Sussex . . . . . . . . . . . . . .310-7 dec and 159-4
SUSSEX were not very happy after being set to chase 279 off 48 overs. They felt that Chris Tavare's target erred on the side of stiff. But then they had chosen to put Somerset in to bat, so they were in no position to complain.
The background is that Tavare may have developed a slightly unwanted reputation for generosity, which yesterday he had to refute. Against Durham he had set one of the less testing targets, 213 off 42 overs, and Somerset had lost by eight wickets. This was followed by a target of 300 off 85 overs which he offered to Derbyshire, at Taunton; Derbyshire won with no less than 32 overs in hand.
Somerset could not score quite quickly enough for their liking in the morning, in that phoney period which precedes the chase. Ian Salisbury bowled some good balls - a quicker, pretty rapid one knocked Richard Harden's middle stump out of the ground - along with others of somewhat lesser quality, as every young spinner will do.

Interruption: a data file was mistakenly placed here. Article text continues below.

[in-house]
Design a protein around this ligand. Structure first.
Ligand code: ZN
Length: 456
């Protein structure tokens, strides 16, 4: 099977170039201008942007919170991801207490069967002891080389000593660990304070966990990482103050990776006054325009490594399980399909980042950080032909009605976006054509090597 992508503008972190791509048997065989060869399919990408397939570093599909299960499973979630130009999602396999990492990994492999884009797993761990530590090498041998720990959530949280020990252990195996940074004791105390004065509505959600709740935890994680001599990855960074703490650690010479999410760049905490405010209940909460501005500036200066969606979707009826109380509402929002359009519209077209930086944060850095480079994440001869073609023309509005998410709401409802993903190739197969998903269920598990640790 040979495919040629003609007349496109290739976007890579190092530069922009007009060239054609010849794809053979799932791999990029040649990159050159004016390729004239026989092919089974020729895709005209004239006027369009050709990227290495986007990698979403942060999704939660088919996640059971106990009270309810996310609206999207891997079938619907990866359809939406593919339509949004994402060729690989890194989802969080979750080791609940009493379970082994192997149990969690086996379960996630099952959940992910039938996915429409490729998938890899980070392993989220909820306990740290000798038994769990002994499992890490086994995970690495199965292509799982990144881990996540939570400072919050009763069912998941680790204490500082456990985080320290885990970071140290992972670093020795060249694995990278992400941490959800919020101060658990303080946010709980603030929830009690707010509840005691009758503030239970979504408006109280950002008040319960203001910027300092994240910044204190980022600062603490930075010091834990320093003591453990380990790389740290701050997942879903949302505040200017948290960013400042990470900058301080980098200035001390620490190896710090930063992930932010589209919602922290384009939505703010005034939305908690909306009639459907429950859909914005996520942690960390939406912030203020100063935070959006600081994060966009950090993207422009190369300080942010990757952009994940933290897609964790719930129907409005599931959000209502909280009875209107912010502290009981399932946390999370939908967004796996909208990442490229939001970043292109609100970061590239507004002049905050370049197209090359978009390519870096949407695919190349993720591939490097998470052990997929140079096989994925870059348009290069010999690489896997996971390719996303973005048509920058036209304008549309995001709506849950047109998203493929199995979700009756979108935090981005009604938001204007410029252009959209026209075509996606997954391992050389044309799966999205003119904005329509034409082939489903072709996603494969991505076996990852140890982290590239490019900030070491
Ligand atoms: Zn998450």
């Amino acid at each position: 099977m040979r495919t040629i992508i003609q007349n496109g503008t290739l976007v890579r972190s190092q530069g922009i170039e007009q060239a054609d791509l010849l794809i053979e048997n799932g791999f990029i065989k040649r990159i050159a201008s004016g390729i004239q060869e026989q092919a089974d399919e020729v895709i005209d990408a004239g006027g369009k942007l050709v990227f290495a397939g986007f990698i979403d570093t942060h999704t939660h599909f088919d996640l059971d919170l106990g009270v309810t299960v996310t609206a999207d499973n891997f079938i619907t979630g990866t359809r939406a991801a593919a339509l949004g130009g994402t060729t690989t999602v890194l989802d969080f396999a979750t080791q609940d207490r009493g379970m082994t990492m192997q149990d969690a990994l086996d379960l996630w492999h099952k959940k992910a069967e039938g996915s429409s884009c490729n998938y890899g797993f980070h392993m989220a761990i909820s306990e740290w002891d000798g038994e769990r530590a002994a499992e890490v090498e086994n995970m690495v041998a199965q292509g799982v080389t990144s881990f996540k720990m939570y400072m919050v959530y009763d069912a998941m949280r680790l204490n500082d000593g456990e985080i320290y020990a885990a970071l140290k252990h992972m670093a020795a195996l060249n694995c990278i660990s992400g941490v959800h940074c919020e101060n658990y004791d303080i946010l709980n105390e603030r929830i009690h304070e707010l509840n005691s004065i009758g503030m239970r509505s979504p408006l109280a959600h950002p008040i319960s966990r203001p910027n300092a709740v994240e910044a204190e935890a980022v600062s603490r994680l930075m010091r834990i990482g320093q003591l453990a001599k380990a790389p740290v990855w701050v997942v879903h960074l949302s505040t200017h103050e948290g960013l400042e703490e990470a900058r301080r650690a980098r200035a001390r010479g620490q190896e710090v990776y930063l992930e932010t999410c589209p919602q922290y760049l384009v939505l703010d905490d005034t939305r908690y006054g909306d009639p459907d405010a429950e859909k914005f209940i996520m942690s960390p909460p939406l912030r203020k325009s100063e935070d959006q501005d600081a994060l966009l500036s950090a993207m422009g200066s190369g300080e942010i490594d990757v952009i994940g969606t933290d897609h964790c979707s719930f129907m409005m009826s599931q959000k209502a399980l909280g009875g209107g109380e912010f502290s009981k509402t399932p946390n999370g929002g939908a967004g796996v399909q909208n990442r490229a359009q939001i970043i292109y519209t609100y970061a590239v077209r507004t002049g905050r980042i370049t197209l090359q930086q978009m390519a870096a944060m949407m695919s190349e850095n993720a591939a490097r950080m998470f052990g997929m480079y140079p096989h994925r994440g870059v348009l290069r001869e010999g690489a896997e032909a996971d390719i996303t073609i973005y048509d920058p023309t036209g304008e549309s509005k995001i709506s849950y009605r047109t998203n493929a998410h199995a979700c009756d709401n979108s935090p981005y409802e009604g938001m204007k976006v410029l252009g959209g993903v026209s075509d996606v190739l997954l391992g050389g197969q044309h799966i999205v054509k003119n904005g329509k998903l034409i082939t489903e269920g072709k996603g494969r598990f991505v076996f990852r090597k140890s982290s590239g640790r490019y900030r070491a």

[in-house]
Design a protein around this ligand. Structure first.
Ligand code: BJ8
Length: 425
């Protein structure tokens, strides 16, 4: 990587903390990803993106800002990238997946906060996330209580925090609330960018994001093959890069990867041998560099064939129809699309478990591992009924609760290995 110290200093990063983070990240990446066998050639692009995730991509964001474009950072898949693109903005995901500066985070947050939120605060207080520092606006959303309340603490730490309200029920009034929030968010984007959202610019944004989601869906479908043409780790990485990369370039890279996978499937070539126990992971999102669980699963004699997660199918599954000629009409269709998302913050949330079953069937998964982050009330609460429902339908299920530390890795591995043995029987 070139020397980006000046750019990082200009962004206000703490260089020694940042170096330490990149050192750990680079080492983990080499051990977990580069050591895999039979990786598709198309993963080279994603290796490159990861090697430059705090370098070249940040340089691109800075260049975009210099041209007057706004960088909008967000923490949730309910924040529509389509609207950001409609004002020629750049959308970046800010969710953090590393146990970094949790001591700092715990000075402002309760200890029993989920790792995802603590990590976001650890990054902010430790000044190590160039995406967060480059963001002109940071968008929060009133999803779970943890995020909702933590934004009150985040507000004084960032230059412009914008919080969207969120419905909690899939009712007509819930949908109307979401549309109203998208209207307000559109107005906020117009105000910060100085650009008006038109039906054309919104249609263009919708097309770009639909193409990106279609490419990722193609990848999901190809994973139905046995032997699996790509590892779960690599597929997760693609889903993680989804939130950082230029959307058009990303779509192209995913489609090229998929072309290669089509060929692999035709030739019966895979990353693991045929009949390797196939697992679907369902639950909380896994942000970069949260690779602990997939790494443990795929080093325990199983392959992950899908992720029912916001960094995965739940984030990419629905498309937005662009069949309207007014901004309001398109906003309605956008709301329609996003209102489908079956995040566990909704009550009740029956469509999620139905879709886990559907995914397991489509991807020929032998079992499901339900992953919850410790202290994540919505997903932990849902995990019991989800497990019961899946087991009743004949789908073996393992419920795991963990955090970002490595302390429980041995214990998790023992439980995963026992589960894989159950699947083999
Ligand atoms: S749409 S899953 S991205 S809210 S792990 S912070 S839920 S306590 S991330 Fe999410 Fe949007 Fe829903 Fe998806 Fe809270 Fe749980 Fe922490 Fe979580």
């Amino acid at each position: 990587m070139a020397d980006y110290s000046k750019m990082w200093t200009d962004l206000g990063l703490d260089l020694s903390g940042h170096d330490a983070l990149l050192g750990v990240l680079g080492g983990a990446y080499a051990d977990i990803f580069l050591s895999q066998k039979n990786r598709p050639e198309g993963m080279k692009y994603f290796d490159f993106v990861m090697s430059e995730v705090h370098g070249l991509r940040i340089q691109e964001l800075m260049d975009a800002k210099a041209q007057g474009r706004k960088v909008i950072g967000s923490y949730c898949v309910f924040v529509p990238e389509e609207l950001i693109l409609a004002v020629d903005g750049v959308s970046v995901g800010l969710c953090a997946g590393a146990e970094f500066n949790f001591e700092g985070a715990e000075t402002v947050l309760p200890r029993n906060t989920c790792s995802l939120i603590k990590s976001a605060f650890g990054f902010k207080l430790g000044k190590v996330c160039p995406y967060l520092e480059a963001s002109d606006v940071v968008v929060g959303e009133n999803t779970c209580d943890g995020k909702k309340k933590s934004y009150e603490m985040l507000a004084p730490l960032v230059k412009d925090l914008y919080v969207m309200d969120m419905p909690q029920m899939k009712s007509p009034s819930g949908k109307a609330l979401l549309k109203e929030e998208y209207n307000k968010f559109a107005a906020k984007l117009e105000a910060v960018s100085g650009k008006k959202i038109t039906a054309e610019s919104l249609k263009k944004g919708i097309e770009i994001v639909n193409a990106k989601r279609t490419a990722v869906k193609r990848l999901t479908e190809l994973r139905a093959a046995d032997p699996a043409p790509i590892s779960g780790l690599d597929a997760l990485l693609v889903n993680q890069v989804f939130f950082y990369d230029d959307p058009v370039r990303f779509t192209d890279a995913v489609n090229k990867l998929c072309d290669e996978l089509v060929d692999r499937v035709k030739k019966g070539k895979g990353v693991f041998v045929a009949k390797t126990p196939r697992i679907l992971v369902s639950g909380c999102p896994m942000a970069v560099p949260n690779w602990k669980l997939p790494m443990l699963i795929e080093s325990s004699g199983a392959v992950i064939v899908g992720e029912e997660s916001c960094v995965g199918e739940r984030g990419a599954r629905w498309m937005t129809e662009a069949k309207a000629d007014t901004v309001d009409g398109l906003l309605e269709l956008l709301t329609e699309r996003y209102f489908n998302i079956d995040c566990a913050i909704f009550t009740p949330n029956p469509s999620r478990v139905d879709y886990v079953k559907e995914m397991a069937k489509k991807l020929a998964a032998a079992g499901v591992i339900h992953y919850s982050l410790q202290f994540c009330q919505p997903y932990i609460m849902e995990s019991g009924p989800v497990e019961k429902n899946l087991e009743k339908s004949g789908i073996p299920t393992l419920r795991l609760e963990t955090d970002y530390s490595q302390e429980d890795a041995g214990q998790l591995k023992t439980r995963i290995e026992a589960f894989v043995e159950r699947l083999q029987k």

So much of cricket is played in the mind that Graham Rose hit two sixes off Salisbury, before discovering a broken bone in his left hand which will keep him out for three weeks. Rob Turner, taller than Tavare, could be a useful straight-batted lower-order player and he kept competently on the bouncy pitch. At ankle-grubbing Weston-super-Mare he might be stretched a little more.
If Sussex had good intentions, they faded as Alan Wells was run out when Hayhurst deflected a ball into the stumps at the bowler's end. Needing 149 off the last 20 overs, Sussex gave up with nine remaining, as runs flowed no faster than holiday traffic on the M5. It was a good pitch - for four-day cricket. Blame the players? Or blame the system?
Salim Malik, who may return to Essex in 1993, reminded Chelmsford of his talents yesterday, anunbeaten 153 from 138 balls enabling Pakistan to declare four behind on 353 for 6, Graham Gooch falling for four as the hosts closed on 58 for 2.Reuse content